Thursday, May 16, 2013

Tagalong

We packed into the car as we did many weekends. I was eight when it all started. The Sunday drive to visit relatives had changed. The drive were a bit longer. The trips took us across the border.

Most kids who were raised in the Church of the Brethren had siblings who attended Manchester College in North Manchester, Indiana, as did my sisters. The college became a big part of my childhood, since my sisters were ten and seven years older the me. I went from little girl to teenager on that campus and when my sisters brought college friends home. I was cursed with motion sickness. Every trip across that border from Ohio to Indiana was dreaded. I knew that once I made it through the first part of the trip, I had the return still to come. I knew that when we got to the college, I would follow everyone around having no playmates to keep me company. It was not an easy time for a little girl. In fact, I think I was so sick of college by the time I graduated feeling that I'd already had five years of campus life.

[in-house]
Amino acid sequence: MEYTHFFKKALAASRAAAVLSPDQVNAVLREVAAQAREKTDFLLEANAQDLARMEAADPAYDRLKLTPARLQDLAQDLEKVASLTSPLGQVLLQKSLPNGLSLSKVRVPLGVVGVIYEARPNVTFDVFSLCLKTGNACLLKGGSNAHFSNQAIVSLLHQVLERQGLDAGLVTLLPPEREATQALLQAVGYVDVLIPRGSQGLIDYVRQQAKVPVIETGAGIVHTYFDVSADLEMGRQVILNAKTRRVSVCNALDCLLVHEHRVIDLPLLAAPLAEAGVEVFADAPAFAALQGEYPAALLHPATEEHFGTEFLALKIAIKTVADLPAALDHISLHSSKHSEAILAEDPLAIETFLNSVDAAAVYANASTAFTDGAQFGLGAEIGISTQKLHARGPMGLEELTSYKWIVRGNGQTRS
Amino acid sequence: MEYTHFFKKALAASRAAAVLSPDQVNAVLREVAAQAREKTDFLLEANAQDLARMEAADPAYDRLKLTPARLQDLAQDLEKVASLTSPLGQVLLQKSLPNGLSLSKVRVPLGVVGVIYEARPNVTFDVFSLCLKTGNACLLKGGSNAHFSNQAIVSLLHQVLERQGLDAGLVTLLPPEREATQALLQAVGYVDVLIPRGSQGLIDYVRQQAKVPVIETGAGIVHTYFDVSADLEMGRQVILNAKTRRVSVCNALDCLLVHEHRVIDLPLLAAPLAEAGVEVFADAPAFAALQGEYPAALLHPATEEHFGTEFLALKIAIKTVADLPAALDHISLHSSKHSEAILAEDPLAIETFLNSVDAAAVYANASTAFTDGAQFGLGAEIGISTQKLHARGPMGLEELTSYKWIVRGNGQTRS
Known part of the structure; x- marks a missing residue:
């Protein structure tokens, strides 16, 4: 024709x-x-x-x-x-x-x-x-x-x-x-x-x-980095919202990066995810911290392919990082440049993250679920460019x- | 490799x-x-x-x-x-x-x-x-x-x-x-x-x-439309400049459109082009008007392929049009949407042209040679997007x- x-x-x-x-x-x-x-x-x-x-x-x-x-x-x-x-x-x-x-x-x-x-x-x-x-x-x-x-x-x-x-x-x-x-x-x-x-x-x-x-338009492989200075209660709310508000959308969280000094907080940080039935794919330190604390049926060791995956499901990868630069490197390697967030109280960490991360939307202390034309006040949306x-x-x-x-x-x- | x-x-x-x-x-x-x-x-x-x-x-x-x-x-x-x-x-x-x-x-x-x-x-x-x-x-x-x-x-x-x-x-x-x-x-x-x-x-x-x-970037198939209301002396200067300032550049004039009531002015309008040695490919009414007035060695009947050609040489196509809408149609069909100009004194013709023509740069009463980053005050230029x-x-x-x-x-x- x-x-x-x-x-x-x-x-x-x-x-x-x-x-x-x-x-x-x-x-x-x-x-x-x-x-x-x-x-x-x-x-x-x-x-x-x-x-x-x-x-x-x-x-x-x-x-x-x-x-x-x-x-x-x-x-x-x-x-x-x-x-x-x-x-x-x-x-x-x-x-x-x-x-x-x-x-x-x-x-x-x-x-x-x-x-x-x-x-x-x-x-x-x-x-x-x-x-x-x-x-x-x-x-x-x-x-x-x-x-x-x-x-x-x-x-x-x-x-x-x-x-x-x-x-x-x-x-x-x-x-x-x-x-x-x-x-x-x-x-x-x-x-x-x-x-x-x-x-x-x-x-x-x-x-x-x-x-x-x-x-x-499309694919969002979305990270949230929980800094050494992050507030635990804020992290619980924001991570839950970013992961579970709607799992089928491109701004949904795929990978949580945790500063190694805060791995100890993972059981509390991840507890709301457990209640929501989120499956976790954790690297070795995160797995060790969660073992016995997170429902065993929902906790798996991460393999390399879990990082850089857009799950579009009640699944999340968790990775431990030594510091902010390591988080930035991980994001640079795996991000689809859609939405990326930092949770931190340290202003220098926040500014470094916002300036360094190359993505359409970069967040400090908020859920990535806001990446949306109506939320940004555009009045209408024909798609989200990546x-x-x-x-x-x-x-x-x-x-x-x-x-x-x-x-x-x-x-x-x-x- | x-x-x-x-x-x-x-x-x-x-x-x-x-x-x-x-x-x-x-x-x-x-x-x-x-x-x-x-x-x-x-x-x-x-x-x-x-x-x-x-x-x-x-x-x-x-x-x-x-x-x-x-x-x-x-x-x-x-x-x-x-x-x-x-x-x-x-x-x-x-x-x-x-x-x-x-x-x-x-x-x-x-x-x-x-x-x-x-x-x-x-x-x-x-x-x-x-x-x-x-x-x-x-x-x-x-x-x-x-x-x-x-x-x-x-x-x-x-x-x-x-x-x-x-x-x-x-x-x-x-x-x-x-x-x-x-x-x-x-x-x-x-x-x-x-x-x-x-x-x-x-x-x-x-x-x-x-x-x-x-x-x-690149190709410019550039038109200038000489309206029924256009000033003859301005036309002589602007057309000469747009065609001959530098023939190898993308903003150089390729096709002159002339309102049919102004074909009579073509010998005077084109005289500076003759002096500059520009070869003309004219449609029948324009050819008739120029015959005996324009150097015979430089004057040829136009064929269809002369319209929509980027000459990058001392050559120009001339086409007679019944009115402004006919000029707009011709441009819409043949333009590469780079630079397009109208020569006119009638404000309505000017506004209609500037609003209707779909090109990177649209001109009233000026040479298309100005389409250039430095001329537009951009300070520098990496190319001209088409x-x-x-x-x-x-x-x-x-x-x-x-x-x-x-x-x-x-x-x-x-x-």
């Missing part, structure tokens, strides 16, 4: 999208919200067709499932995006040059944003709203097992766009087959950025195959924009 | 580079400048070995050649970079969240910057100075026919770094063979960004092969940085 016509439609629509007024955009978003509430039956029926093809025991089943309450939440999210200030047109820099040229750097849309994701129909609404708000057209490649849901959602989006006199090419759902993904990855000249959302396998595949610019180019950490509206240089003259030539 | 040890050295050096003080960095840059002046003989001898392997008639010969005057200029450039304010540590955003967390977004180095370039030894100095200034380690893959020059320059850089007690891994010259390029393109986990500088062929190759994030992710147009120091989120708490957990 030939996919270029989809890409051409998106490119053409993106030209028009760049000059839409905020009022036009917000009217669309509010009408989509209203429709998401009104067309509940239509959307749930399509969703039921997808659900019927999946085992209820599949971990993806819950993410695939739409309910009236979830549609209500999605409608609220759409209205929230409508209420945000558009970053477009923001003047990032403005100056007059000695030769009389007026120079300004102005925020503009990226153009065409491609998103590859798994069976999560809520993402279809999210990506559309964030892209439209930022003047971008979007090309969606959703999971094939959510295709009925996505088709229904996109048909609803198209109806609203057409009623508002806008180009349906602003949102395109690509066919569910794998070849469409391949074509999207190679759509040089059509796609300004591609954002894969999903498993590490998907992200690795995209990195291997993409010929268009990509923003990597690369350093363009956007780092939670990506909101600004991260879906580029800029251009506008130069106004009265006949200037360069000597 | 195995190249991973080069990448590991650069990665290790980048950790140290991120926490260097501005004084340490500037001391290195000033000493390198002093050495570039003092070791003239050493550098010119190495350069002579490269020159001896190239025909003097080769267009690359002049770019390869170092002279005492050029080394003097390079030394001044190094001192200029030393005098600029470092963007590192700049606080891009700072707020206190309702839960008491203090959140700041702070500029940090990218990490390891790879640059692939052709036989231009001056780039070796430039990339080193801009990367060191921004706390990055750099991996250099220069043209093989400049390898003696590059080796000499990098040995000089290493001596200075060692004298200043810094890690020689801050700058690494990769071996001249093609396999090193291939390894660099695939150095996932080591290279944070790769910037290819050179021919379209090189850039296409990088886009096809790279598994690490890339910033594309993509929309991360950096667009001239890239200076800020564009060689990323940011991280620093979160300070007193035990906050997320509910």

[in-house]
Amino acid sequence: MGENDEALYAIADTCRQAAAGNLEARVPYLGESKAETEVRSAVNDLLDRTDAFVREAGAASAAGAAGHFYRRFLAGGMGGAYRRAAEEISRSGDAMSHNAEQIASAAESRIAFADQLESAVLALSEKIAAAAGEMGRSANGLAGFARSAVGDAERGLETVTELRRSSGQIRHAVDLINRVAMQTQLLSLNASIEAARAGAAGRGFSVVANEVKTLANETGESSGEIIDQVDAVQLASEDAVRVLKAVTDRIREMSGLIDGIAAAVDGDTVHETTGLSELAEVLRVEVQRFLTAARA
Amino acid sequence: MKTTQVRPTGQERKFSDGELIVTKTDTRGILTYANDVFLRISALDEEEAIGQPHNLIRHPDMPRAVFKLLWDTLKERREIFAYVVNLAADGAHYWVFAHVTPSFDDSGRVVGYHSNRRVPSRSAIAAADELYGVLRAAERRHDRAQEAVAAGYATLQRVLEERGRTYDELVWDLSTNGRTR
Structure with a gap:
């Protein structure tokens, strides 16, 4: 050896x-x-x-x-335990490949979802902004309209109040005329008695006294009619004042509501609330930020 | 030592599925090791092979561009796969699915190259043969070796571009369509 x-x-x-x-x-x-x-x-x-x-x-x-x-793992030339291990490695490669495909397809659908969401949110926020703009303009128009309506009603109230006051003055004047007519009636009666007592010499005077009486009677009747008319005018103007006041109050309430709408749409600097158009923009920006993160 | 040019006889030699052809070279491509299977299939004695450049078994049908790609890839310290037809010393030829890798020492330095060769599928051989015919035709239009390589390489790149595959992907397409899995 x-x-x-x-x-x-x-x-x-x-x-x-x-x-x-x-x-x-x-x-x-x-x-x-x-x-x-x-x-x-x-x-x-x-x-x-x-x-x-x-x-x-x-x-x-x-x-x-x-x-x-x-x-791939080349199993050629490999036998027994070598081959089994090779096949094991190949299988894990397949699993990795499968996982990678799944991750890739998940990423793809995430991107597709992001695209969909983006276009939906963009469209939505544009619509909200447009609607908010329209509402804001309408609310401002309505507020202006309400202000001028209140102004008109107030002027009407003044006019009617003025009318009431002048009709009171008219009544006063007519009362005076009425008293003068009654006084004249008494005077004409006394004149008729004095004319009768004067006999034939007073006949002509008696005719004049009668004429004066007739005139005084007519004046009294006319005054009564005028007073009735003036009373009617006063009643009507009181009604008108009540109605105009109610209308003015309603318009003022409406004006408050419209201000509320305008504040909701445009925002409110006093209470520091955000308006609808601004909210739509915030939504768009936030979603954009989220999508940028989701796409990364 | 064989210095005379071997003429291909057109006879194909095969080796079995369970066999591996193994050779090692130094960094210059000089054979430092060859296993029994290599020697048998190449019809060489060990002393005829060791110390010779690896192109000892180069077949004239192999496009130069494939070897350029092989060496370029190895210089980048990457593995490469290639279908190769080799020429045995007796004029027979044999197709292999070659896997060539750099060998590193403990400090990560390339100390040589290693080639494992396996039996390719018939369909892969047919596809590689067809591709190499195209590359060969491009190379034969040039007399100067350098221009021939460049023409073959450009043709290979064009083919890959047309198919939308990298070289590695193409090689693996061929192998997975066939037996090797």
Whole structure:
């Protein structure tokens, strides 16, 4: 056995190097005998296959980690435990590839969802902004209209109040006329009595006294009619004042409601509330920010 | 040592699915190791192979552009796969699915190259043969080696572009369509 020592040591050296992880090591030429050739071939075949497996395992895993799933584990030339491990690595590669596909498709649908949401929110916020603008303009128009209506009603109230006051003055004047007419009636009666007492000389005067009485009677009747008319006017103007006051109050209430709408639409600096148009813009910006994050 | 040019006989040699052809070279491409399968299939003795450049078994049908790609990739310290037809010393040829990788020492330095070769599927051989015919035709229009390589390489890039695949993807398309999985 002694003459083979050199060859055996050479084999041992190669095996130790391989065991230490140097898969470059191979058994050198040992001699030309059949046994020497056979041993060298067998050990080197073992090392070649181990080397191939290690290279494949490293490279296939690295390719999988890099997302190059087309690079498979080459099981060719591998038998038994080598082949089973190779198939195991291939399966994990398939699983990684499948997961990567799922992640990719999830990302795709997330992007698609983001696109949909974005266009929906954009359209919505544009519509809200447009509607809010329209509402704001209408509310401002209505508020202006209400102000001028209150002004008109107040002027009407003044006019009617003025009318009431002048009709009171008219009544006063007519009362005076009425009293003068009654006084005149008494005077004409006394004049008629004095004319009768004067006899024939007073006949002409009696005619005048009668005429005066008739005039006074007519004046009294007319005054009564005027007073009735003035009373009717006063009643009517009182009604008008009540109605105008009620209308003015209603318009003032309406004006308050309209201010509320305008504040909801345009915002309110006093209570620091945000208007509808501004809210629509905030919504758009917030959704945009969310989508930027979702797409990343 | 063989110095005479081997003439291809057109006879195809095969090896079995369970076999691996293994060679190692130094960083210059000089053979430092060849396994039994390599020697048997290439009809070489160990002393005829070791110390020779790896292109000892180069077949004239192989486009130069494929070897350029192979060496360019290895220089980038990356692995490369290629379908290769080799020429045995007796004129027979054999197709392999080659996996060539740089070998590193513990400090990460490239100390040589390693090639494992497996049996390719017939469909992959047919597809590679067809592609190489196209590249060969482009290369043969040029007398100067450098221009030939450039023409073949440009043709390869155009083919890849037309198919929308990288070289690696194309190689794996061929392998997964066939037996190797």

After my sisters married, they stayed in Indiana. Once more the trips to Indiana continued. At times I wasn't sure which state was really mine. Now, in just a little less than four weeks, I am heading back to Indiana. These trips back to see my sister are indeed some of the best times. I will spend time with her in Angola then head to Ohio. My two growing up states share my heart. Sometimes people who shop in our store mention that they are from Indiana. Of course, my ears immediately perk up, and  I explain that I'm sort of a Hoosier. Their response leads me to believe that if you weren't born a Hoosier you can't be a Hoosier. I believe that I have squatters rights. Indiana owns a piece of me, and that's a fact.

I noticed online that Manchester College is now Manchester University. And, North Manchester has grown a bit since way back when. I have a feeling that their college song "By the Kenopokomoko" has changed. Still I can sing every word by heart. There is little of my childhood that I remember that did not trail my sisters. I grew up as the tagalong. Now I pack my bag hop onto a plane that will take me to my sister in Indiana. Indiana is still hugging Ohio just as I will hug them both on my return in June. It's hard to get rid of a tagalong, you know.

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